Clinical Review ABC of clinical electrocardiography

Conditions not primarily affecting the heart

BMJ 2002; 324 doi: https://doi.org/10.1136/bmj.324.7349.1320 (Published 01 June 2002) Cite this as: BMJ 2002;324:1320

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  1. Corey Slovis,
  2. Richard Jenkins

    To function correctly, individual myocardial cells rely on normal concentrations of biochemical parameters such as electrolytes, oxygen, hydrogen, glucose, and thyroid hormones, as well as a normal body temperature. Abnormalities of these and other factors affect the electrical activity of each myocardial cell and thus the surface electrocardiogram. Characteristic electrocardiographic changes may provide useful diagnostic clues to the presence of metabolic abnormalities, the prompt recognition of which can be life saving.

    It is important to recognise that some electrocardiographic changes are due to conditions other than cardiac disease so that appropriate treatment can be given and unnecessary cardiac investigation avoided

    Hyperkalaemia

    Increases in total body potassium may have dramatic effects on the electrocardiogram. The most common changes associated with hyperkalaemia are tall, peaked T waves, reduced amplitude and eventually loss of the P wave, and marked widening of the QRS complex.

    View this table:

    Electrocardiographic features of hyperkalaemia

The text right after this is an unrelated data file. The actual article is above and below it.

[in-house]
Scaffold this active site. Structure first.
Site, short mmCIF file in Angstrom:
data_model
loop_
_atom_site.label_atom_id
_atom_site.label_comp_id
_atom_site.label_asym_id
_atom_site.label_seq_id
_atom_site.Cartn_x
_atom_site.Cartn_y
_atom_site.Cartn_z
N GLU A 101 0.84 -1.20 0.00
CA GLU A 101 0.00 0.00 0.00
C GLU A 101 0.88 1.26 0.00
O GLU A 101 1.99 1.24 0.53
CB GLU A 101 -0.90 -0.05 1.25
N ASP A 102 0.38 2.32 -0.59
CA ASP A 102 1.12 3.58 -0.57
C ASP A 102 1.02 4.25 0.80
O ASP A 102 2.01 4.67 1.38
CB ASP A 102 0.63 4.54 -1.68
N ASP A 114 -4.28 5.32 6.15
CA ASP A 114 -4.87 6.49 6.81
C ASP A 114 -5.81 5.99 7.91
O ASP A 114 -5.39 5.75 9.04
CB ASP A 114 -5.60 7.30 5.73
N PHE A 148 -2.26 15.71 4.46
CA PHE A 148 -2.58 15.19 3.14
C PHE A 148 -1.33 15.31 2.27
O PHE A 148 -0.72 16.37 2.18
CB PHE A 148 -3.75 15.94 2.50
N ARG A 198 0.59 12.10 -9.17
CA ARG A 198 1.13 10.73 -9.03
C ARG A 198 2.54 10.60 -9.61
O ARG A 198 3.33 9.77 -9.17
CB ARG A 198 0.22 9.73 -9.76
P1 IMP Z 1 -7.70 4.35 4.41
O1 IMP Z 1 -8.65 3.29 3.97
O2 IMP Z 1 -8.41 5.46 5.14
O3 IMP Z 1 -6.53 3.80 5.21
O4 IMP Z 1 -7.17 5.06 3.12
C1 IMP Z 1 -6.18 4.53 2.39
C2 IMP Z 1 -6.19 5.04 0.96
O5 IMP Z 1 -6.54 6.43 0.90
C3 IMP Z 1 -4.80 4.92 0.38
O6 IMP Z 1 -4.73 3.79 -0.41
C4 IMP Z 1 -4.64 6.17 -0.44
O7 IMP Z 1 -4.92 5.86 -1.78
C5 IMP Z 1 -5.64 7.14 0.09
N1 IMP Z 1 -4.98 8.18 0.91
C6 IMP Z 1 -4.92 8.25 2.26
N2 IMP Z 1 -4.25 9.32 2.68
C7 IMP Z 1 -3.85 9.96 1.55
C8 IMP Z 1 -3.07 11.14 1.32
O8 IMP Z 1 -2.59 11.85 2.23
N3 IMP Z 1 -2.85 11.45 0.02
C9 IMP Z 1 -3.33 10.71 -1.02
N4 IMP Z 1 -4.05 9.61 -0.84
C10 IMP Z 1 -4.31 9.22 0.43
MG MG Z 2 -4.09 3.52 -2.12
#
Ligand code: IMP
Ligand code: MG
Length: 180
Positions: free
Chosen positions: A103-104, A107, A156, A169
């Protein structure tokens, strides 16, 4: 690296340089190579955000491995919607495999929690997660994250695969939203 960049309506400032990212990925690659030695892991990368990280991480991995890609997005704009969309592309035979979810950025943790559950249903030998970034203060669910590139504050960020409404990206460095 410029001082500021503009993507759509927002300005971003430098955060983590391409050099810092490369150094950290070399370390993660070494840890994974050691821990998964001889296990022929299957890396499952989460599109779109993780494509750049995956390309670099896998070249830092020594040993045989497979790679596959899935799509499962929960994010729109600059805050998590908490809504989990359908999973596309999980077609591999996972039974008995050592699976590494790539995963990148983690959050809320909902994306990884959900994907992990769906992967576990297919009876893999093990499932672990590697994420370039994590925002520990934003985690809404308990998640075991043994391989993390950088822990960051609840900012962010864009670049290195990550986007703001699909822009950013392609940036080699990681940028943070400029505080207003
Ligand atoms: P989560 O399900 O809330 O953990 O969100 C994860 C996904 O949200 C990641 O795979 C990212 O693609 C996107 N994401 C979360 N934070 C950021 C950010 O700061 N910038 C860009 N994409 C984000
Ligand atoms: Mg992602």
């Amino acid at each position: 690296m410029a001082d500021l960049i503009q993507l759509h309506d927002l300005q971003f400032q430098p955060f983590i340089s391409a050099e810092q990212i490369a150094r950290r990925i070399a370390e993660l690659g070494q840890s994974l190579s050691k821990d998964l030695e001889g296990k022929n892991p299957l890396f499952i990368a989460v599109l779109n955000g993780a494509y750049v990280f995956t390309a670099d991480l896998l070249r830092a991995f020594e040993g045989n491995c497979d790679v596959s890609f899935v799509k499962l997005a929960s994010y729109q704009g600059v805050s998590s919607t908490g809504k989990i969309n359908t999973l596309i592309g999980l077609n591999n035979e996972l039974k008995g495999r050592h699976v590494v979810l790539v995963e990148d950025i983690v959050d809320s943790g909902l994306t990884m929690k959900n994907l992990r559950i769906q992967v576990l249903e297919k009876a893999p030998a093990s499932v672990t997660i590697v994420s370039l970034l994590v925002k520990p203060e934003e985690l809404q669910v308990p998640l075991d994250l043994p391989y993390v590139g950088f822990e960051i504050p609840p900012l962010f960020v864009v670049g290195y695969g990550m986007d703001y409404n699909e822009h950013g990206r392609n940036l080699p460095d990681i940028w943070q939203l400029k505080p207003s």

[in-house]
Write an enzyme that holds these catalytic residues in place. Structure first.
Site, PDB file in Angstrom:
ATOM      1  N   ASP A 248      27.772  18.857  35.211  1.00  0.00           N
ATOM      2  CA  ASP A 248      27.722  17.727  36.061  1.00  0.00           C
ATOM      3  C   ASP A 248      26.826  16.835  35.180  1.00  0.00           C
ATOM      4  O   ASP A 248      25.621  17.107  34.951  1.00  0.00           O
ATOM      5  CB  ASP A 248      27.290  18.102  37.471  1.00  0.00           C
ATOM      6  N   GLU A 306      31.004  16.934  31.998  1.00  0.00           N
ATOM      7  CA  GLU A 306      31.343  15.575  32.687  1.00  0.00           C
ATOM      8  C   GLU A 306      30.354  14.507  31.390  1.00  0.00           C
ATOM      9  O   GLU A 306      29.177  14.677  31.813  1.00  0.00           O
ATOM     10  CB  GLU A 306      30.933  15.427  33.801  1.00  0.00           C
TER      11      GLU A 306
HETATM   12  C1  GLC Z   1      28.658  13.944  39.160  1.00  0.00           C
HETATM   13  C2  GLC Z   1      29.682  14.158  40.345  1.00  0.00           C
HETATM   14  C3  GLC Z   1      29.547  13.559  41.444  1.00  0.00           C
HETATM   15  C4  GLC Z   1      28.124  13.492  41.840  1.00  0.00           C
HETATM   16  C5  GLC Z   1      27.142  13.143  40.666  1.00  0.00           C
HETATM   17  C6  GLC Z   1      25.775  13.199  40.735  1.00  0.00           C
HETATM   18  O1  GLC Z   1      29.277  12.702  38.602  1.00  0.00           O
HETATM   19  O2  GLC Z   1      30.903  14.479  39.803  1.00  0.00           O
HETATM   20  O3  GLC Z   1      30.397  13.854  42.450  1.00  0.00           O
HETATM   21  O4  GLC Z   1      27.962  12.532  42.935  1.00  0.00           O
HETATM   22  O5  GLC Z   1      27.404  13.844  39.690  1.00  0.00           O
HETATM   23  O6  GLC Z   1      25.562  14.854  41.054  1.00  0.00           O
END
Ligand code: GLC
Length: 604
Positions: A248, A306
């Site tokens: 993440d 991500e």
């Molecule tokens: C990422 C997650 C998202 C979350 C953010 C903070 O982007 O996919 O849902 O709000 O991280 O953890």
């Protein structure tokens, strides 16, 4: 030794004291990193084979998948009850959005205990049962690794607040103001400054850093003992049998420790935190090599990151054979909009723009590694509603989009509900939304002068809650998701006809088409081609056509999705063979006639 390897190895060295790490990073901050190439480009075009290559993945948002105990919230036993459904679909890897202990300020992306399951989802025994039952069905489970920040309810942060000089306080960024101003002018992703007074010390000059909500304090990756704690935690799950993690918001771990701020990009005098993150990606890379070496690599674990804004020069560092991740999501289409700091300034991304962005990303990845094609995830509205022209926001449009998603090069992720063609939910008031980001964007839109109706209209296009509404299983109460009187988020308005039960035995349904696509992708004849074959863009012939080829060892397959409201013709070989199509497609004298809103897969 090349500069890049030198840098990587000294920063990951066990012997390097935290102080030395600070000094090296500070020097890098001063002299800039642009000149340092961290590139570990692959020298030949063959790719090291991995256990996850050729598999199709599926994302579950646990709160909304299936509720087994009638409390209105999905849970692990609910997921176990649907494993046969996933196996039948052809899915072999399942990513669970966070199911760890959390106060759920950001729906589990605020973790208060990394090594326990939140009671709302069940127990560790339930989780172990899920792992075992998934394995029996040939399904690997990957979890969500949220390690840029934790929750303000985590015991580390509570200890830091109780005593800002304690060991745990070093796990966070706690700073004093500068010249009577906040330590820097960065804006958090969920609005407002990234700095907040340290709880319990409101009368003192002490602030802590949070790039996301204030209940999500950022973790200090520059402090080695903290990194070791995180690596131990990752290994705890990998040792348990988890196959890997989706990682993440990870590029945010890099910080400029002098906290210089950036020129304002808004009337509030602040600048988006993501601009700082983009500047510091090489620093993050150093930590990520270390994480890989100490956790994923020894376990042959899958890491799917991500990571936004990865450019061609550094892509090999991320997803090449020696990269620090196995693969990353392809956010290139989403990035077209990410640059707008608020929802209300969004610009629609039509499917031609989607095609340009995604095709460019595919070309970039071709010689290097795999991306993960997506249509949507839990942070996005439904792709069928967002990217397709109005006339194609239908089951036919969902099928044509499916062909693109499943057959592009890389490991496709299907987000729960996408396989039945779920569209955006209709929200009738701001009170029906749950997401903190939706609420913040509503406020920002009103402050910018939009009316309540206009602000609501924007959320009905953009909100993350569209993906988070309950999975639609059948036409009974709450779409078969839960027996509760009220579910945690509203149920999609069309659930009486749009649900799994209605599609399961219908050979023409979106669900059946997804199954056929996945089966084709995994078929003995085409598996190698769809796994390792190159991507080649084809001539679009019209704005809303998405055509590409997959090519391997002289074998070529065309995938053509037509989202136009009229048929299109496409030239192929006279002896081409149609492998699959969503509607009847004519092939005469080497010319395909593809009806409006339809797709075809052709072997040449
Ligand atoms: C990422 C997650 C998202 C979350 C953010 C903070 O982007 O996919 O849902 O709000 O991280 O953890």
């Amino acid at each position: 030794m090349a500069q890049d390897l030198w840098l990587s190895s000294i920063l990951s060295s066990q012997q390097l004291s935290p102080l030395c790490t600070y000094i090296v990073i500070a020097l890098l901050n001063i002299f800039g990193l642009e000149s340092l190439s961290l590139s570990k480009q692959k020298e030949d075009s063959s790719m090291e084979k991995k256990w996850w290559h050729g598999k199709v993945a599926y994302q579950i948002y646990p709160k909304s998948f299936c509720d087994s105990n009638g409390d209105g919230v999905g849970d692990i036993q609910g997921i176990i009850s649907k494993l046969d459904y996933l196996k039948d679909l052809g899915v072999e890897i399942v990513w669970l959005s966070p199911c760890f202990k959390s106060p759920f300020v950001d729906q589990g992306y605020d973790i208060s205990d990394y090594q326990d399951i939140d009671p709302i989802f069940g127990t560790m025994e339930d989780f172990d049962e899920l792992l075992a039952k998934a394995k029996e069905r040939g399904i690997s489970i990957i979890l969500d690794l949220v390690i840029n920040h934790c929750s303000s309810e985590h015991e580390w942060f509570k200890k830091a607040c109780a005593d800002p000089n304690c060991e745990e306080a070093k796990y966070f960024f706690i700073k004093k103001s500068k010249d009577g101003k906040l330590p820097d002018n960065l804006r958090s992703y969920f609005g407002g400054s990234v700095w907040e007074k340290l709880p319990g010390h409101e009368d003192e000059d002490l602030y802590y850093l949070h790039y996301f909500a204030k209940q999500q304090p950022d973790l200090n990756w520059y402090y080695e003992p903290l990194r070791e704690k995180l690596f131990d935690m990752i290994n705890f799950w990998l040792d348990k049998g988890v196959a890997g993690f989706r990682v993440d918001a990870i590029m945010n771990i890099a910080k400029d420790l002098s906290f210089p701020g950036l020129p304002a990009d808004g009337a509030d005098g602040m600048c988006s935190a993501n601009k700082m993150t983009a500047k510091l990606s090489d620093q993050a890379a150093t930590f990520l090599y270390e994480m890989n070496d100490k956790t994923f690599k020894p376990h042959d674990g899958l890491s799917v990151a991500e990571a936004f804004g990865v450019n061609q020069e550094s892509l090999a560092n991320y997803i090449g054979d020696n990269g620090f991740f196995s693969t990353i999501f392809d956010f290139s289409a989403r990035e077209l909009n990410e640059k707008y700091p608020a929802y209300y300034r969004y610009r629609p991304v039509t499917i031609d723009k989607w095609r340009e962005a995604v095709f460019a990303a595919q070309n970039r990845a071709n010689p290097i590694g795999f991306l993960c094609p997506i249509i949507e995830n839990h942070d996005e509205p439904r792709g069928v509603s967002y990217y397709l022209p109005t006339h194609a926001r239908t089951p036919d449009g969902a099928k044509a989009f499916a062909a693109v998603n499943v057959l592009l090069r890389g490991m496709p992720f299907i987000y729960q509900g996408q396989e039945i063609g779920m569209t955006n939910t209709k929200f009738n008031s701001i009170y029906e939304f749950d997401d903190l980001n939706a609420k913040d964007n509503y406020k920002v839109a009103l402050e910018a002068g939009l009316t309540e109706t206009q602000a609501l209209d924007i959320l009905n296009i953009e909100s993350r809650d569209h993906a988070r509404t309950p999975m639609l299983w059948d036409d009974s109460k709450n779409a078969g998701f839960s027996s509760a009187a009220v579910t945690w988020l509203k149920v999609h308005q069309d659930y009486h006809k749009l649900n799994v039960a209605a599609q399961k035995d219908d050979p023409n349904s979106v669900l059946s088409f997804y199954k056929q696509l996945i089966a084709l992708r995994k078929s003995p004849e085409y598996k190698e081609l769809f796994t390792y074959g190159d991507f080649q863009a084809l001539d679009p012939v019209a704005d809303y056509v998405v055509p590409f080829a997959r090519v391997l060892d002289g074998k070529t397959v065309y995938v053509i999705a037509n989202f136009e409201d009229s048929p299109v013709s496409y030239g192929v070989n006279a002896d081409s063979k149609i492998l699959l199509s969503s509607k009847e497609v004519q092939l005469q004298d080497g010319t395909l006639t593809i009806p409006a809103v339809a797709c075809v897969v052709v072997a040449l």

The earliest changes associated with hyperkalaemia are tall T waves, best seen in leads II, III, and V2 to V4. Tall T waves are usually seen when the potassium concentration rises above 5.5-6.5 mmol/l. However, only about one in five hyperkalaemic patients will have the classic tall, symmetrically narrow and peaked T waves; the rest will merely have large amplitude T waves. Hyperkalaemia should always be suspected when the amplitude of the T wave is greater than or equal to that of the R wave in more than one lead.

    Serial changes in hyperkalaemia

    As the potassium concentration rises above 6.5-7.5 mmol/l, changes are seen in the PR interval and the P wave: the P wave widens and flattens and the PR segment lengthens. As the concentration rises, the P waves may disappear.

    The QRS complex will begin to widen with a potassium concentration of 7.0-8.0 mmol/l. Unlike right or left bundle branch blocks, the QRS …

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